The temporal manibular joint (or TMJ for short) is the joint between the manidbular bone (or jaw bone) and the temporal bone, one of the three bones that make up the skull. It lies just at the base of the outside of your ear.
Everytime you chew or speak, you use this joint. It is one of the most used, and also most powerful, joints in the human body. It is also a source of a great deal of trouble for some people.
The joint itself is a ball like joint, where the anchor of the jaw fits into a small groove on the temporal bone. There is a thin disk of cartilage that allows the jaw to slide back and forth in the groove.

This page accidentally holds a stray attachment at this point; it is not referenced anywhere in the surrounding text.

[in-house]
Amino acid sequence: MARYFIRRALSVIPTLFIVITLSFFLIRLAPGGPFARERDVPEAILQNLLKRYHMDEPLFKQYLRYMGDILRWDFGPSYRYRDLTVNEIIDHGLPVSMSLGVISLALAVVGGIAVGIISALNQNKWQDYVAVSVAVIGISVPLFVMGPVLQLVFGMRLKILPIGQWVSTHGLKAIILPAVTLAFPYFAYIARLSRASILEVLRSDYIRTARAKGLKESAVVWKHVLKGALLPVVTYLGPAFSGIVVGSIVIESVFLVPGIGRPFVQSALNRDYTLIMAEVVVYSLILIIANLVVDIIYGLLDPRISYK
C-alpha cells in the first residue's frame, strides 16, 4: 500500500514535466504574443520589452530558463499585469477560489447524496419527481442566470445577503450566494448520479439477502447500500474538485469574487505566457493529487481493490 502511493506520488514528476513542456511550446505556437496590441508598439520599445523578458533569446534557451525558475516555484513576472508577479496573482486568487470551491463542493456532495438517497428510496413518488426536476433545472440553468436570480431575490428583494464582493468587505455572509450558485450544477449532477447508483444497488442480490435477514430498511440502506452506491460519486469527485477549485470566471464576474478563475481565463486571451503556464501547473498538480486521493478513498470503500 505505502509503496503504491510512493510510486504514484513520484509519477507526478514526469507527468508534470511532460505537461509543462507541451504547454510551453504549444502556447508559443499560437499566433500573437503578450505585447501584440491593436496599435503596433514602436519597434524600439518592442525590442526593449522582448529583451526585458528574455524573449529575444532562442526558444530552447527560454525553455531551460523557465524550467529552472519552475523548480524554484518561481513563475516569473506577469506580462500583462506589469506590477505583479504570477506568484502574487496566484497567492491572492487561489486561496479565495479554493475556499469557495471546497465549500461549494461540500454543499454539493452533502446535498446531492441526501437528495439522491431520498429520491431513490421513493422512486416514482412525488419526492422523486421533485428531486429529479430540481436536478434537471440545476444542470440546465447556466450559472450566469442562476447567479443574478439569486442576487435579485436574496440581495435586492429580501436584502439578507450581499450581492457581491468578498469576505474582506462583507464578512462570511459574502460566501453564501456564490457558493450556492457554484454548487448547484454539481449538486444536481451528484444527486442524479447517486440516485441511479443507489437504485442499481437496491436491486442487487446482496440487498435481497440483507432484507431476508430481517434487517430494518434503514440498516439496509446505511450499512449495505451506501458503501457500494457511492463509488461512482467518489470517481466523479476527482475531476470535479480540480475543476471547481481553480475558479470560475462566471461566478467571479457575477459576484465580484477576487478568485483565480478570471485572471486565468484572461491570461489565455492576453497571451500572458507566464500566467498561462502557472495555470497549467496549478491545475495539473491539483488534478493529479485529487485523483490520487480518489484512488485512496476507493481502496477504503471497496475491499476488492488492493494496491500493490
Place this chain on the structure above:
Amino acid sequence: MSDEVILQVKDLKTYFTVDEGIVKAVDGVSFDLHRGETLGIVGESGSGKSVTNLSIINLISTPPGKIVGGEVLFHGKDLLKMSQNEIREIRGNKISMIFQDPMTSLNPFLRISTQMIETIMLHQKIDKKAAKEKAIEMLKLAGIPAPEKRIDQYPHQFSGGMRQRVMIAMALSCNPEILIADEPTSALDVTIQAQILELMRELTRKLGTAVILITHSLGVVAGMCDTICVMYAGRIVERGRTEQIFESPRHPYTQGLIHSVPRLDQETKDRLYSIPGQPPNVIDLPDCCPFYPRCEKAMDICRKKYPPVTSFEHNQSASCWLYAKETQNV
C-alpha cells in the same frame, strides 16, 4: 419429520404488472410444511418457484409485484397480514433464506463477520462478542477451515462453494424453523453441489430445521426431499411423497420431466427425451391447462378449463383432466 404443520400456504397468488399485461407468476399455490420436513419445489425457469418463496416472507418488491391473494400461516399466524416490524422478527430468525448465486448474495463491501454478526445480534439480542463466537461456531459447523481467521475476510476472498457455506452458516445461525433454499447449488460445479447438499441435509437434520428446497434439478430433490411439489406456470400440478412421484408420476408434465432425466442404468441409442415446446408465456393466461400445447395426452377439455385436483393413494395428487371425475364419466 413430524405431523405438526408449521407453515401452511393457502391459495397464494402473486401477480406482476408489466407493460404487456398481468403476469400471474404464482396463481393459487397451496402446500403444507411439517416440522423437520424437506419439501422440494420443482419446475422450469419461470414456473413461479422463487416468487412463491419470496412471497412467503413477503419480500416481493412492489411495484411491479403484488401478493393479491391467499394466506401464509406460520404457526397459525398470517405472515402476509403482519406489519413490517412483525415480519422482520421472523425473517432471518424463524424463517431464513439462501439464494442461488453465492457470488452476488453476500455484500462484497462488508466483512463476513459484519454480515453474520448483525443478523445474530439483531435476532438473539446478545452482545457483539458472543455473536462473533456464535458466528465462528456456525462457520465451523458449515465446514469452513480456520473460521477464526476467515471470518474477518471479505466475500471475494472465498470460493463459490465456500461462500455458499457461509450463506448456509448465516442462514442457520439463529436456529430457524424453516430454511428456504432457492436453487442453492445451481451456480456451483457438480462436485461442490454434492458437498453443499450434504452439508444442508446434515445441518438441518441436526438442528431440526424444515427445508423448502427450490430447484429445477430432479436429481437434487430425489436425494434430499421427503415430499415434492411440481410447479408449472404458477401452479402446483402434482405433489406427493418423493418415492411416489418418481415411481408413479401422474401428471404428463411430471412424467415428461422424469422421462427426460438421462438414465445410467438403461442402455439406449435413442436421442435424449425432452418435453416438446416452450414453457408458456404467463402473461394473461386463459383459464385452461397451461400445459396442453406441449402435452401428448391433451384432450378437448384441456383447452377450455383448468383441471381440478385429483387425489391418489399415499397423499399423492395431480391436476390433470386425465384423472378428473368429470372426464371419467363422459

If for some reason, due to either acute trauma, or a chronic condition, this cartilage wears thin, or the bones are snapped a little out of place, every movement of the jaw causes extreme pain. Eating, speaking and even breathing can be painful activities. And since this joint also lies to such structures as the trigeminal nerve, the carotid artery, the eustachian tube and the superficial temporal artery, the inflamation coming from a disorder here can cause all sorts of problems. The pain associated with TMJ is said to rival that of a migraine.